Conclusions: Although women with breast cancer should not use hormonal contraceptives, there is little utility in screening prior to initiation, due to the low incidence of breast cancer and uncertain value of CBE among women of reproductive age. Two fair quality studies demonstrated no differences between women who did or did not undergo pelvic examination prior to initiating OCs or DMPA with respect to risk factors or clinical outcomes. In addition, pelvic examination is not likely to detect any conditions for which hormonal contraceptives would be unsafe.
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Retention of intrauterine devices in women who acquire pelvic inflammatory disease: a systematic review 
Naomi K. Tepper, Maria W. Steenland, Mary E. Gaffield, Polly A. Marchbanks, Kathryn M. Curtis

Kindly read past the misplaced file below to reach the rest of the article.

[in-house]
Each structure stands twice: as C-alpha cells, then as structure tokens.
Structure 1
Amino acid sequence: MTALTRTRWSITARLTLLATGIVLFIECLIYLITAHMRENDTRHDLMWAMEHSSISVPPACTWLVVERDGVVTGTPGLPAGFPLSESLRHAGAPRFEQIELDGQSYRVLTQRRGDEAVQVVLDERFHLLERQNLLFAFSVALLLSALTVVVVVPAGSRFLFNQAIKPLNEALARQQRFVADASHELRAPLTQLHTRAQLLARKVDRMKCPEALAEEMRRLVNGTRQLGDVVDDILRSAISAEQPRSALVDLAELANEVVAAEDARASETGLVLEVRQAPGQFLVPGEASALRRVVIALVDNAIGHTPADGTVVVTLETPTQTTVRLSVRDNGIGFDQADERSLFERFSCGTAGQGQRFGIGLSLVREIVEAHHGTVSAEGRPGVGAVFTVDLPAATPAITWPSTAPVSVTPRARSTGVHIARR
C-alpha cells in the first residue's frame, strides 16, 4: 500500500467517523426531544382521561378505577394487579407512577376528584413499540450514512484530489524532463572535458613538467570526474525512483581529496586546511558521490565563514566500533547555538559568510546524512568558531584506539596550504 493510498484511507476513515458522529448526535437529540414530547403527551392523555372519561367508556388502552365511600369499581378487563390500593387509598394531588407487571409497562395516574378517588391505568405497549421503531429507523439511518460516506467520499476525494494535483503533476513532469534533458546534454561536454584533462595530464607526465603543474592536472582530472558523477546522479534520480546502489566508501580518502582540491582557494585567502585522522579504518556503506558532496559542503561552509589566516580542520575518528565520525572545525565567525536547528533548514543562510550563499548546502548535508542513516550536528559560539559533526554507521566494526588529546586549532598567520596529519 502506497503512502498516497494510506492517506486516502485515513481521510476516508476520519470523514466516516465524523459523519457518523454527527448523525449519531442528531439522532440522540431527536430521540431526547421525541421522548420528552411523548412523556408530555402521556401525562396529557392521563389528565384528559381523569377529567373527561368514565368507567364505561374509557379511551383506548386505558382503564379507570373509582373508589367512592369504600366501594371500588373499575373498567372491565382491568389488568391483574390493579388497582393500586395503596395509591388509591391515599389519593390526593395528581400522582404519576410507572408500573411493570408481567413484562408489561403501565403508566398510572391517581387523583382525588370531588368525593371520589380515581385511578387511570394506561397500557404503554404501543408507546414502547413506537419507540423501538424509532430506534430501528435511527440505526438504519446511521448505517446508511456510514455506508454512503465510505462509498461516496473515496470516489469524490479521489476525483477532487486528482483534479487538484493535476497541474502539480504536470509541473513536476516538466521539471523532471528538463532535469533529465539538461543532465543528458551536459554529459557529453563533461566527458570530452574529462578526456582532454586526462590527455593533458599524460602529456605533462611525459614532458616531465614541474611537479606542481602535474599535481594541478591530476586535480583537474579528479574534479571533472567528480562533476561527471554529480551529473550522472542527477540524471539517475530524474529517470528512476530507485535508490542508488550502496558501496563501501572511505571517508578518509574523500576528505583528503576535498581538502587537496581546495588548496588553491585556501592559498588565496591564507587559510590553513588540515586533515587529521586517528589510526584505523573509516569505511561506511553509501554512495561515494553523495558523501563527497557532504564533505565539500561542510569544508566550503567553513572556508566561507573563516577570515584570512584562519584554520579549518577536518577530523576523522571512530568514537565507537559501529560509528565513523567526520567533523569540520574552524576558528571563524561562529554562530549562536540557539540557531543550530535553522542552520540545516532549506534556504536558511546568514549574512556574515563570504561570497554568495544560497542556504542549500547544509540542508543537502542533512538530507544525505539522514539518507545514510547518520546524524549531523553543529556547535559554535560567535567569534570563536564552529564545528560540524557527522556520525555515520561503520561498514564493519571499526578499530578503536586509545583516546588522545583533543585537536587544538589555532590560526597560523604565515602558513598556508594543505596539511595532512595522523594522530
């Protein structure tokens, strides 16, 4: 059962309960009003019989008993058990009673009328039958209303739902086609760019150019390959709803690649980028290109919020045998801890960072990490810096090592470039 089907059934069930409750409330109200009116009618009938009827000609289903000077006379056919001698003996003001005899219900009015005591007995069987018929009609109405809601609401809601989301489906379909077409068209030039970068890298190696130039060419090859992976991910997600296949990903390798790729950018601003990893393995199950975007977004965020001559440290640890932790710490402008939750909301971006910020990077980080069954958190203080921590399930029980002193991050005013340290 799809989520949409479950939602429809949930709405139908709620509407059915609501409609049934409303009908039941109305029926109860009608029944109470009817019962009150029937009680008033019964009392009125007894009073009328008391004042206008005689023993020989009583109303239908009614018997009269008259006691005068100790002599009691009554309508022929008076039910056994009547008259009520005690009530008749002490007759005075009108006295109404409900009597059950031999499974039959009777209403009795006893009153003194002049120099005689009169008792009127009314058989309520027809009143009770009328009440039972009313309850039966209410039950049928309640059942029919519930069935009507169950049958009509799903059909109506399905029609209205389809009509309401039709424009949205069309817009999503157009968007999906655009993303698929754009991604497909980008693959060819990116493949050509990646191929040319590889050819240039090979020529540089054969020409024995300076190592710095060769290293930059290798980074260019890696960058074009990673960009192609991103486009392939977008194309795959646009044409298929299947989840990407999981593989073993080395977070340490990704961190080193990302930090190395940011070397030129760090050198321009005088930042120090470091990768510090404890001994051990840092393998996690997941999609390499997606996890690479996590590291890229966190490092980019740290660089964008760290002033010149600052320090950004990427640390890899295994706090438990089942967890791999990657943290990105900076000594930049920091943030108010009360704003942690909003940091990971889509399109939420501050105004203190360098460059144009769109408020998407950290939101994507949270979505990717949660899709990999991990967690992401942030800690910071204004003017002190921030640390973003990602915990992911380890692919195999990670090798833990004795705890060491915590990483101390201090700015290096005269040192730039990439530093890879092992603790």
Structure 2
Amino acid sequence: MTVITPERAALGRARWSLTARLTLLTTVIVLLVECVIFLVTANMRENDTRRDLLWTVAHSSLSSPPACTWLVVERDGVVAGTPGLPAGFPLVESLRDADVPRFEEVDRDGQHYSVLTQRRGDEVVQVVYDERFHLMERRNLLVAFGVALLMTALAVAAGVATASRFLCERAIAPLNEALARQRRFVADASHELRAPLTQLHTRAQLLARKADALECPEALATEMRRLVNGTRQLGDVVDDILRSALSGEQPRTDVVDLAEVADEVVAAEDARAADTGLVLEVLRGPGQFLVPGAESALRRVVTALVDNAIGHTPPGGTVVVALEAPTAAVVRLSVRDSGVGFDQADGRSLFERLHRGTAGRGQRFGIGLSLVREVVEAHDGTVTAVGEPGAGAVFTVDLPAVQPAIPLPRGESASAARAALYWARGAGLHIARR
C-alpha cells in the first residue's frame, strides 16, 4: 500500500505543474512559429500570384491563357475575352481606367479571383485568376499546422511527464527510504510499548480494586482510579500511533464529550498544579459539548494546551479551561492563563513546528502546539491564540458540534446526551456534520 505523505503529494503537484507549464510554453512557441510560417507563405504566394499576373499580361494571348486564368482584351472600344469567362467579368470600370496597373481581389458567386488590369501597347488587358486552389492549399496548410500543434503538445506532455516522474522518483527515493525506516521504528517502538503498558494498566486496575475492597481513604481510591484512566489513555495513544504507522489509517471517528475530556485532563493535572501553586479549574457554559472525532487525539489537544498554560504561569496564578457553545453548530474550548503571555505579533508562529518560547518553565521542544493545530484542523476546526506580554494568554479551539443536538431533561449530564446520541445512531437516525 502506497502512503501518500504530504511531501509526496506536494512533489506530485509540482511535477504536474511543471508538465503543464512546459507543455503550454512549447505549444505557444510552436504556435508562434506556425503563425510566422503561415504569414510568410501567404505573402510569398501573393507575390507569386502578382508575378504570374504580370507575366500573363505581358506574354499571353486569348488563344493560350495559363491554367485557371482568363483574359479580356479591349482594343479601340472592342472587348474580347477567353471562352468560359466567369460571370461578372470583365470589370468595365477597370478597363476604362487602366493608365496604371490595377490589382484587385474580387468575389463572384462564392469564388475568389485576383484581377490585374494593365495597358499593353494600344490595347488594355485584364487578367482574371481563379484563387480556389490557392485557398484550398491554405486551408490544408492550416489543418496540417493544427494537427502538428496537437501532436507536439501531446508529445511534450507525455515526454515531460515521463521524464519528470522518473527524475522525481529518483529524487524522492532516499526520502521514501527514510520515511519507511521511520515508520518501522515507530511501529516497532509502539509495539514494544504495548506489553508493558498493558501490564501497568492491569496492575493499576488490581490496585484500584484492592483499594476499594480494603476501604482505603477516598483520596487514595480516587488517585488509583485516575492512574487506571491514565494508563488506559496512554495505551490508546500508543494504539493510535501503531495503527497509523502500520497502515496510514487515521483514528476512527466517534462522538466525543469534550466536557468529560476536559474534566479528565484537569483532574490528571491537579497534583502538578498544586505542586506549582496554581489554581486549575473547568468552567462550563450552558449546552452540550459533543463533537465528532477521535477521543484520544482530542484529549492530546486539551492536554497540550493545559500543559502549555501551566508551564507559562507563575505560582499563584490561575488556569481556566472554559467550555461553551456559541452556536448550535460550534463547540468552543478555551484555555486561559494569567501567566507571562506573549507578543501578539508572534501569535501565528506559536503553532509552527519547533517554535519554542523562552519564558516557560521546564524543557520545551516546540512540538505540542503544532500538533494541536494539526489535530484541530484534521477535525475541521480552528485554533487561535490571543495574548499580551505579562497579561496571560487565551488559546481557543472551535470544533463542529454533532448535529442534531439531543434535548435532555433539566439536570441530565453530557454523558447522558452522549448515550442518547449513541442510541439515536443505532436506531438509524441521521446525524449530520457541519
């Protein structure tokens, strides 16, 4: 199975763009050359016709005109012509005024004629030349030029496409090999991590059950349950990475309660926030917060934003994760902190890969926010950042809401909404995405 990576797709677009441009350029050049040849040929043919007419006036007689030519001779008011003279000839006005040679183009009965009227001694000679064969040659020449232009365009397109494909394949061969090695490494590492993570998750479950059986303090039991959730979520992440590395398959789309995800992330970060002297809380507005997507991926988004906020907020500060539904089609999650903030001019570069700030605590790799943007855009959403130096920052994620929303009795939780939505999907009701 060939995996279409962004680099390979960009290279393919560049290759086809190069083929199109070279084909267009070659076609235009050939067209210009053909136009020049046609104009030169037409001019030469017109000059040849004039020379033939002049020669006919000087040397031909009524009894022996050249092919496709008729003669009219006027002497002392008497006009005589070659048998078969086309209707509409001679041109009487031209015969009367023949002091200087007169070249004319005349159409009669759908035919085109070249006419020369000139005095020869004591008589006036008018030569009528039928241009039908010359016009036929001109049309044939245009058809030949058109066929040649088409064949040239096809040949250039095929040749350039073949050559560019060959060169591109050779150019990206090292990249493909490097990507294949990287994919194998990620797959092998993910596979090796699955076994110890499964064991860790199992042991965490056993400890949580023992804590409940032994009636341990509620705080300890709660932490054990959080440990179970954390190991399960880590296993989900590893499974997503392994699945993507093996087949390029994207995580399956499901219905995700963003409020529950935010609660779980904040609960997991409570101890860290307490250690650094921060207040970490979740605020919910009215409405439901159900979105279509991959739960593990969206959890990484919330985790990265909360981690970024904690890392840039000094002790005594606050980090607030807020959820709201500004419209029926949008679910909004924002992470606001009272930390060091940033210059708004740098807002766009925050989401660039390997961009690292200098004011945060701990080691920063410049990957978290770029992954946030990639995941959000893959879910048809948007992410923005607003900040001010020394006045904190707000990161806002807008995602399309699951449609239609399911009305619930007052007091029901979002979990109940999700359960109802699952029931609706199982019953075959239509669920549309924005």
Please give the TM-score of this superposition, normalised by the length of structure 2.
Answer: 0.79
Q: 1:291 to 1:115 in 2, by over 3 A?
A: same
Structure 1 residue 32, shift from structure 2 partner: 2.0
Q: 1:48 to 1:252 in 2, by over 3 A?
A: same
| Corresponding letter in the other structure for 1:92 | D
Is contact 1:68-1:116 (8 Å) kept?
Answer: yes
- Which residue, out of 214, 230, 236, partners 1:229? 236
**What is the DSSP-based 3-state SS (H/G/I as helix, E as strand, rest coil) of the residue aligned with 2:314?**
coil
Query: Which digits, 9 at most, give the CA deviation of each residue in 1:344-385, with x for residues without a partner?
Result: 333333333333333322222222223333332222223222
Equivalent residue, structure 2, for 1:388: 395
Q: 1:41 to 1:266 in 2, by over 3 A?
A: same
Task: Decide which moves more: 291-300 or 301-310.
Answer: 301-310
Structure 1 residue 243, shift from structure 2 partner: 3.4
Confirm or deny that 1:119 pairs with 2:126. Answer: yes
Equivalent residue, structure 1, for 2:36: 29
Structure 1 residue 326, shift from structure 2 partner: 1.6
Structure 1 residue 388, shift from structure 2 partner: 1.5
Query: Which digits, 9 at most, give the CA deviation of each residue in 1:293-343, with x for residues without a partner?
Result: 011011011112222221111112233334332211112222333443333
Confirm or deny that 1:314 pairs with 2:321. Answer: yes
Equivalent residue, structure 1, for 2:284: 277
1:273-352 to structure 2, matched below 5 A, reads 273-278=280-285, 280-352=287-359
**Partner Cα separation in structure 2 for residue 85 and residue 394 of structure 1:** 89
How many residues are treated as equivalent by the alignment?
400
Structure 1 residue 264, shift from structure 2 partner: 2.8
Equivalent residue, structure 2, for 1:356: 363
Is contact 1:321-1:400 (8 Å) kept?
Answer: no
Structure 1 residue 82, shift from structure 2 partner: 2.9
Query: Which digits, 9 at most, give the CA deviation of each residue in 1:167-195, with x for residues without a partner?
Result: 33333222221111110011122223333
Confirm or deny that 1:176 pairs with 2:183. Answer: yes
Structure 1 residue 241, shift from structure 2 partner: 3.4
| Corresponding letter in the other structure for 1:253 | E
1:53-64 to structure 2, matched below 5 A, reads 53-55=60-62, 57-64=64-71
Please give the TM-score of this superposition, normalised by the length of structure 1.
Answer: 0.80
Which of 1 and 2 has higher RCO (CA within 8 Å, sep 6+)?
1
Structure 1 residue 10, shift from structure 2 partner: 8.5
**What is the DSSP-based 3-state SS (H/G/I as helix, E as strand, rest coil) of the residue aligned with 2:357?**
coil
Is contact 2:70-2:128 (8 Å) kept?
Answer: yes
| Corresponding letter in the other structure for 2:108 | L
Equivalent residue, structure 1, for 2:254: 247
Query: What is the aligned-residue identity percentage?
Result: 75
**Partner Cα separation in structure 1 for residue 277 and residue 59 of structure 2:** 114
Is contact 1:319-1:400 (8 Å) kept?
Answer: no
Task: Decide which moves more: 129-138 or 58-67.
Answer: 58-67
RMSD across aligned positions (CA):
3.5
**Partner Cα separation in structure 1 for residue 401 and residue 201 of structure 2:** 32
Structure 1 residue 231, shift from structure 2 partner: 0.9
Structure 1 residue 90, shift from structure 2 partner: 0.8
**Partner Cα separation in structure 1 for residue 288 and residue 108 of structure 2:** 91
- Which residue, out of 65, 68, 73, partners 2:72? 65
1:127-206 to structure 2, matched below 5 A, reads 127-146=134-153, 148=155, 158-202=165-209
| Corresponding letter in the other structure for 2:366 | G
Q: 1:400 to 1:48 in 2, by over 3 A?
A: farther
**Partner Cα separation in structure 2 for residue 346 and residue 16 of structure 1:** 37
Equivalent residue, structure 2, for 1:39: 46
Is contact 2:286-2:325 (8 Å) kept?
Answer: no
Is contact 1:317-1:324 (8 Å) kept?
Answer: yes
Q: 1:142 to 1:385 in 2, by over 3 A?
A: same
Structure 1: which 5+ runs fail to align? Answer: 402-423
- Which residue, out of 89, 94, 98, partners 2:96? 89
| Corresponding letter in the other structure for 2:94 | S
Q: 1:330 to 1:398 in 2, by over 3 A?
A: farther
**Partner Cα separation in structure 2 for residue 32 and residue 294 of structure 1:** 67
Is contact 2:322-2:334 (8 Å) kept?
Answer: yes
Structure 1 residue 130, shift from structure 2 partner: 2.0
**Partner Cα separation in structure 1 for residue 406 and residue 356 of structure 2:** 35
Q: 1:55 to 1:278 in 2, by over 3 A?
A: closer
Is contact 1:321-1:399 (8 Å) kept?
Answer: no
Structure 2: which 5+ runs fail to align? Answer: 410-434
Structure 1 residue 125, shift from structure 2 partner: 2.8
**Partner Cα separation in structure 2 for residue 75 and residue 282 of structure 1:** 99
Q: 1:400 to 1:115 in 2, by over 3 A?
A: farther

Background: Women using intrauterine devices (IUDs) are not protected against acquiring pelvic inflammatory disease (PID). If a woman has an IUD in place when she is diagnosed with PID, there is a theoretical concern that presence of an IUD might impact the course of treatment. This review was conducted to evaluate the evidence regarding whether an IUD should be retained or removed if a woman develops PID.
Conclusions: Three fair-quality studies showed no difference in clinical or laboratory outcomes among women who retained IUDs when compared with women who had IUDs removed, and two of these studies showed that women who had IUDs removed had longer hospitalizations. In contrast, one fair quality study showed improved clinical signs and symptoms among women who had IUDs removed. Overall, women who retained their IUDs had similar or better outcomes than women who had their IUDs removed.